The yearly feeding frenzy of holiday shoppers has begun. While post-Thanksgiving shoppers ventured forth with tasers in hand and hearts full of greed and aggression, my mood turned pensive. Is this really what life is all about?
What compels someone to leave their table of blessing to find (and sometimes fight with others to get) more stuff that distracts us from the essential questions of life? Questions like:
- are we living a life of meaning?
- are we living true to ourselves?
- are we conscious of how the choices we make affect us (and every other human being with whom we share Oneness)?
If you knew this was your last Christmas, would you spend precious hours at the mall?
I’ve reflected on such questions for decades because when my time is up, I don’t want to be full of regret for having wasted a single moment of my time here on earth. I want my heart to be so full of love and joy for the life I lived that it acts like a slingshot to send my Spirit off to explore the next adventure as I move unencumbered into eternity.
This season of remembering blessings and giving generously used to be more thoughtful, less frenetic, more quiet. It’s hard to hear the stirring of our hearts in all the noise we’ve created now. And as I get older I wonder if that isn’t the point of this madness after all.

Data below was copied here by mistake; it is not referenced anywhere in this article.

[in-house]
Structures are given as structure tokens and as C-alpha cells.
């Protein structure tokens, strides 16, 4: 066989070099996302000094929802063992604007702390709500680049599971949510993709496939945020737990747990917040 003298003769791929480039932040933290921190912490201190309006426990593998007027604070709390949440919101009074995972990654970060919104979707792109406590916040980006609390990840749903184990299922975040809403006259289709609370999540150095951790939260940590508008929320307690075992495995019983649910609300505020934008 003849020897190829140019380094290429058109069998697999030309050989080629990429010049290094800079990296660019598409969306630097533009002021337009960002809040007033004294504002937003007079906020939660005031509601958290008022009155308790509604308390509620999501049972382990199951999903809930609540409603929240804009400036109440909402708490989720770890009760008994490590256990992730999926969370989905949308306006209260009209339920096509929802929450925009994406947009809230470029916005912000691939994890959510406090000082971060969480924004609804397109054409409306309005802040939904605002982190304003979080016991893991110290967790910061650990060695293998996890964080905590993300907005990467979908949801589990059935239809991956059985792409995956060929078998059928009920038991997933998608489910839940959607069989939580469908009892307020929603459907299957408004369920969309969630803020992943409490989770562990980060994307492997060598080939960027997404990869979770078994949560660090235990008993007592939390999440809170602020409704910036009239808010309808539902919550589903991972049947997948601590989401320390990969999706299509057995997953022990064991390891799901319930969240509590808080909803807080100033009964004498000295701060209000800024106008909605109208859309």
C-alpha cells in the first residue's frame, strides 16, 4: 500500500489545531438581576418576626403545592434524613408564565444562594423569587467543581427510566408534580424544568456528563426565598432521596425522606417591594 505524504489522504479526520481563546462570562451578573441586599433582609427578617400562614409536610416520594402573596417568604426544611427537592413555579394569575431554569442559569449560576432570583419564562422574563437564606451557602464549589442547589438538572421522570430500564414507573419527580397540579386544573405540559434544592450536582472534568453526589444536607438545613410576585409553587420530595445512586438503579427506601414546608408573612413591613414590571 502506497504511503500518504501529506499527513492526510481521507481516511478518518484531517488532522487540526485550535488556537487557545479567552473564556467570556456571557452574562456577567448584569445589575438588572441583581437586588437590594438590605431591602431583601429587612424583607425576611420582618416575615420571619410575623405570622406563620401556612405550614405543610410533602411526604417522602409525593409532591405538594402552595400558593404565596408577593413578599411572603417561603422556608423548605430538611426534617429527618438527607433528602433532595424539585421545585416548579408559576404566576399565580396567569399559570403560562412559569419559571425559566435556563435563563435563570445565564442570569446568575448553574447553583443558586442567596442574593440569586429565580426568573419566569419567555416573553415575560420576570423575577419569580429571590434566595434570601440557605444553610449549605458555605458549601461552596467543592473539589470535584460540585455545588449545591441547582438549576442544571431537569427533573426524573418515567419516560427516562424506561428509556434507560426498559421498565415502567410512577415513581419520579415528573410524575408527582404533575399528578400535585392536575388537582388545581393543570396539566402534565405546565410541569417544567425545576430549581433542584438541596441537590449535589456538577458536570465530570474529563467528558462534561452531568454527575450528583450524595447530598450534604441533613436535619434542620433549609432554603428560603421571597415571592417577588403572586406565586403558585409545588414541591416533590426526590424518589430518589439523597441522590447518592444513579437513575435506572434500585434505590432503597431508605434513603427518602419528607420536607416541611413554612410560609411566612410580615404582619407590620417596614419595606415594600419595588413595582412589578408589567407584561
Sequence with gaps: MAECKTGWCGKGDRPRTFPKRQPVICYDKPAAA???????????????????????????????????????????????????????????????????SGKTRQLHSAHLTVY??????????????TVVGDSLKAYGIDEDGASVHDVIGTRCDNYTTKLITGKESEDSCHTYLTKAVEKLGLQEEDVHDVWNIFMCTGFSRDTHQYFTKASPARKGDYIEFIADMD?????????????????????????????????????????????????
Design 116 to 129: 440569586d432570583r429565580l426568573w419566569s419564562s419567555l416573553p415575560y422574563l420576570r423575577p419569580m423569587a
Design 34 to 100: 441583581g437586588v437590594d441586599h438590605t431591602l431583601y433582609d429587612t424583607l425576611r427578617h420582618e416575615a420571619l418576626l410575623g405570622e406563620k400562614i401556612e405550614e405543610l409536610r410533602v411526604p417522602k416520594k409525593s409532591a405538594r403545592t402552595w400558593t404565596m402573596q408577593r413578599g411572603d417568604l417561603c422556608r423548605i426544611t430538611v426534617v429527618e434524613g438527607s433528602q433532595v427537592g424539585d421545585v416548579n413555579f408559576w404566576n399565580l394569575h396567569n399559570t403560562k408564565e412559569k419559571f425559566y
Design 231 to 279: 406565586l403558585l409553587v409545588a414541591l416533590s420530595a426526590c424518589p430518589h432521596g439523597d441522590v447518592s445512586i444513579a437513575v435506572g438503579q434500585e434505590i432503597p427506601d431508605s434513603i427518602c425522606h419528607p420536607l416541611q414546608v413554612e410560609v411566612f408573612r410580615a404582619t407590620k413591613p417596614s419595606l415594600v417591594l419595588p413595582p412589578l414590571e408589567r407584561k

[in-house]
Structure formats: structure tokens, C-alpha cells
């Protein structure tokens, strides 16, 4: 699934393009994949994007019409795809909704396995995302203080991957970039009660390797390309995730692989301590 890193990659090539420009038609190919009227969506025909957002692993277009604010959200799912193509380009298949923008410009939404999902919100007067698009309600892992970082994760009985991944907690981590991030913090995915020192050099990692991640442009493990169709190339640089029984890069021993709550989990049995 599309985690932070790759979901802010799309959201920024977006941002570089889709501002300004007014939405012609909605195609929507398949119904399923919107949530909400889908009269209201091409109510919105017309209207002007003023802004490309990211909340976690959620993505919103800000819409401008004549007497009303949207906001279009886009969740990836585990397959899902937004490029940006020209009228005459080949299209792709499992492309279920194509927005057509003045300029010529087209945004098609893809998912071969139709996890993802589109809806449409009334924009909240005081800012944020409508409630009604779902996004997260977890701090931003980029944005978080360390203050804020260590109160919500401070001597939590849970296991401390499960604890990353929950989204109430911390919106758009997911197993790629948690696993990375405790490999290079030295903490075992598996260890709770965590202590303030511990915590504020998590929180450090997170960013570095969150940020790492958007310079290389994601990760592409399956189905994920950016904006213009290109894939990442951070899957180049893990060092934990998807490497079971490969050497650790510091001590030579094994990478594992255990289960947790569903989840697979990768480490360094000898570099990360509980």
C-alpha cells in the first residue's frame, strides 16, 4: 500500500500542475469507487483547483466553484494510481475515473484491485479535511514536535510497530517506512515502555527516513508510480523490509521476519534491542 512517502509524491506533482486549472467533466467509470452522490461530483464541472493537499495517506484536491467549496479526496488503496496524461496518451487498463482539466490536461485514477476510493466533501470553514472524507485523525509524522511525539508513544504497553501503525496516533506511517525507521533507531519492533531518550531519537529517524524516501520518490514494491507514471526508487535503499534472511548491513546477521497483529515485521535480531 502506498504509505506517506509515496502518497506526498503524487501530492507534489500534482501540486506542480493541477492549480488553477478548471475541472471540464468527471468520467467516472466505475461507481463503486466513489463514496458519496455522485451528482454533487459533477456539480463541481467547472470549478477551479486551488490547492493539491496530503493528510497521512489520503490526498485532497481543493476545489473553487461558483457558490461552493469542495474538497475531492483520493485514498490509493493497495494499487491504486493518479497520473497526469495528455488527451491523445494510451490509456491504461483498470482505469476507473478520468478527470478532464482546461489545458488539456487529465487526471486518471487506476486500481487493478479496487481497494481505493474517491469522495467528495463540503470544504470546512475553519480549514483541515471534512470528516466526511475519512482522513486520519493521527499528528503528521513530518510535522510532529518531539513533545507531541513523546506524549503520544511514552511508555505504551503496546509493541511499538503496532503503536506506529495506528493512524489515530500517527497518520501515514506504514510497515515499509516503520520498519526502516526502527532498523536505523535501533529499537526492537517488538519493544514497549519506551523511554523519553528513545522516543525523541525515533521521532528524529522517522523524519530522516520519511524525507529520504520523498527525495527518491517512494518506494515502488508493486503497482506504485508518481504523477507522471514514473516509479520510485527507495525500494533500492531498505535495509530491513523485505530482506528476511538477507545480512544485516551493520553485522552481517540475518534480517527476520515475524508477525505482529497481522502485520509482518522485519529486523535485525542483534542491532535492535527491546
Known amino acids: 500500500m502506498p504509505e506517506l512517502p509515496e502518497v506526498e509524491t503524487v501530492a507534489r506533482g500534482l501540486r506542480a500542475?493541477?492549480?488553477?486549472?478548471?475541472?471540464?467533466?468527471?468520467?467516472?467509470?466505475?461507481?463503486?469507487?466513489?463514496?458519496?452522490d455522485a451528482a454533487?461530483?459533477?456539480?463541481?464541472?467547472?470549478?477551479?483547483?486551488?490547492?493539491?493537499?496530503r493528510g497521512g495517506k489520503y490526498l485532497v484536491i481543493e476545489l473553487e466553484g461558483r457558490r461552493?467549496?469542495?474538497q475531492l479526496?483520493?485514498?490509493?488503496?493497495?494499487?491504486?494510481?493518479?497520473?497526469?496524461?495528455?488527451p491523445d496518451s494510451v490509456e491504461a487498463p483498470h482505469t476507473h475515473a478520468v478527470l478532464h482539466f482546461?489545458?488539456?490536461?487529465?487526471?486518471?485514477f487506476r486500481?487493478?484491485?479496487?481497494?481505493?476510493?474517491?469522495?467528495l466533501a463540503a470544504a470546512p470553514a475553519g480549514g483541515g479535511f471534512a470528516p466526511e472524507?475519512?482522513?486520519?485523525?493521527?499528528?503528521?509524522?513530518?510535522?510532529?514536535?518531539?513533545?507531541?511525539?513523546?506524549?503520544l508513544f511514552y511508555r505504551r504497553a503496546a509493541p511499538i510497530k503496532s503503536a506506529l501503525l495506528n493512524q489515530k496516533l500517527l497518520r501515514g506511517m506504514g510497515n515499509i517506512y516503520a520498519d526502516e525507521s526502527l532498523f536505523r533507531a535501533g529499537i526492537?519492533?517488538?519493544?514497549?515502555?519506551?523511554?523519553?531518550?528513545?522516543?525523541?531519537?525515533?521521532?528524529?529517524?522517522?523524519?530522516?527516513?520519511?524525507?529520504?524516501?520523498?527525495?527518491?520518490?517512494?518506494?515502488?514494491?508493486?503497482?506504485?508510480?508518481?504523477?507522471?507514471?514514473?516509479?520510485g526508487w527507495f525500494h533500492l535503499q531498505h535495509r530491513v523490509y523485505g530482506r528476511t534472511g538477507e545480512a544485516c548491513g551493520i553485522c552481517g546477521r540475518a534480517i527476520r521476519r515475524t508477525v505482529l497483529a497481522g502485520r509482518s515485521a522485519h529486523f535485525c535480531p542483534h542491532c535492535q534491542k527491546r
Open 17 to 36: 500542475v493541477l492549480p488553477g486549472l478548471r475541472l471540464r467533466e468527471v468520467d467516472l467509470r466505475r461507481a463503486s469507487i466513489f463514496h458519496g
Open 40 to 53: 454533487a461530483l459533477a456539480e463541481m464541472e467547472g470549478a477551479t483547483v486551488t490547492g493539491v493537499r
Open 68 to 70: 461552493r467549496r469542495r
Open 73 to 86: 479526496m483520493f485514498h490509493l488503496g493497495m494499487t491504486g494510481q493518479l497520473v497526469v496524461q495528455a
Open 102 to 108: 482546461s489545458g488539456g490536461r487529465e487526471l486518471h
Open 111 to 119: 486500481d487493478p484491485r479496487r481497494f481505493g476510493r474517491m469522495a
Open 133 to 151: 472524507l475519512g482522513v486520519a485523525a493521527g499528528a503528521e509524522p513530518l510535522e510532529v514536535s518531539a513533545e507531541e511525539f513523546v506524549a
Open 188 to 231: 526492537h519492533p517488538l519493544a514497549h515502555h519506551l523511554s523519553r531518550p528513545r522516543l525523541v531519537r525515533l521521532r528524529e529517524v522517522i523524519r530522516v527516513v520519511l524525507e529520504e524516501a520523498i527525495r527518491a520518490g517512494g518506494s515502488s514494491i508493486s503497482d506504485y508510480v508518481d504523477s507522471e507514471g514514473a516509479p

When we stay busy with all these non-essential tasks that seem so important in the moment, we don’t have to think about how it all plays out in the end. But when it’s all over—not just this Christmas but life—will we have regrets? Hospice caregiver Bronnie Ware compiled a list of five things many of her patients told her they regretted once they were close to death. She compiled them in a book but has a quick review of them in a post on her website.
In short, people did not regret much of what they did, they regretted what they didn’t do. They realized too late that they had not had the courage to live a life true to themselves. They worked too hard, stifled emotions too much, didn’t keep in touch with friends, and didn’t play enough.
As this holiday season now takes hold, perhaps instead of engaging in the normal holiday feeding frenzy you can choose a different way. Maybe give people gifts they need but would never have thought to ask for. Gifts like:
- the encouragement to be who they truly are
- encouragement to take some time to play
- permission to feel whatever they feel
- time to enjoy friends that they haven’t seen in a while
Encouragement is not showy. It really costs nothing but our time and attention. Yet there isn’t a man, woman, or child who wouldn’t benefit from the love inherent in that time and attention that is generously given from someone who is truly present.